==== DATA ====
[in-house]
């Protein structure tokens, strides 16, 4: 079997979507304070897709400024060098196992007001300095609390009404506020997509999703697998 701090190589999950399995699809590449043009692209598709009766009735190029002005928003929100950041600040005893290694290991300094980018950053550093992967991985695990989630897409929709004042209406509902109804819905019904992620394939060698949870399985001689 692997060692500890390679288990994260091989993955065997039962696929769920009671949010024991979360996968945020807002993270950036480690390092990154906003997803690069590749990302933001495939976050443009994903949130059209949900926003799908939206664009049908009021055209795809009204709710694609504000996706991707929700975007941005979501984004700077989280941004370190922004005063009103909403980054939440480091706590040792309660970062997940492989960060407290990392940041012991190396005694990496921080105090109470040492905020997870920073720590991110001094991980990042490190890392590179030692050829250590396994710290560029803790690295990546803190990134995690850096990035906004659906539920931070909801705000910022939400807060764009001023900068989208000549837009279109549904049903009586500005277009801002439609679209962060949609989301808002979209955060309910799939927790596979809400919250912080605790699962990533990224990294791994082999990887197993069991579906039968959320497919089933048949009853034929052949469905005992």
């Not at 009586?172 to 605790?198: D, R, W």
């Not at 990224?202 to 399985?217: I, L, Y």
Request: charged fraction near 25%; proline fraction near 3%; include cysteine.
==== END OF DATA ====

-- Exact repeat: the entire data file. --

[in-house]
């Protein structure tokens, strides 16, 4: 079997979507304070897709400024060098196992007001300095609390009404506020997509999703697998 701090190589999950399995699809590449043009692209598709009766009735190029002005928003929100950041600040005893290694290991300094980018950053550093992967991985695990989630897409929709004042209406509902109804819905019904992620394939060698949870399985001689 692997060692500890390679288990994260091989993955065997039962696929769920009671949010024991979360996968945020807002993270950036480690390092990154906003997803690069590749990302933001495939976050443009994903949130059209949900926003799908939206664009049908009021055209795809009204709710694609504000996706991707929700975007941005979501984004700077989280941004370190922004005063009103909403980054939440480091706590040792309660970062997940492989960060407290990392940041012991190396005694990496921080105090109470040492905020997870920073720590991110001094991980990042490190890392590179030692050829250590396994710290560029803790690295990546803190990134995690850096990035906004659906539920931070909801705000910022939400807060764009001023900068989208000549837009279109549904049903009586500005277009801002439609679209962060949609989301808002979209955060309910799939927790596979809400919250912080605790699962990533990224990294791994082999990887197993069991579906039968959320497919089933048949009853034929052949469905005992």
């Not at 009586?172 to 605790?198: D, R, W």
């Not at 990224?202 to 399985?217: I, L, Y």
Request: charged fraction near 25%; proline fraction near 3%; include cysteine.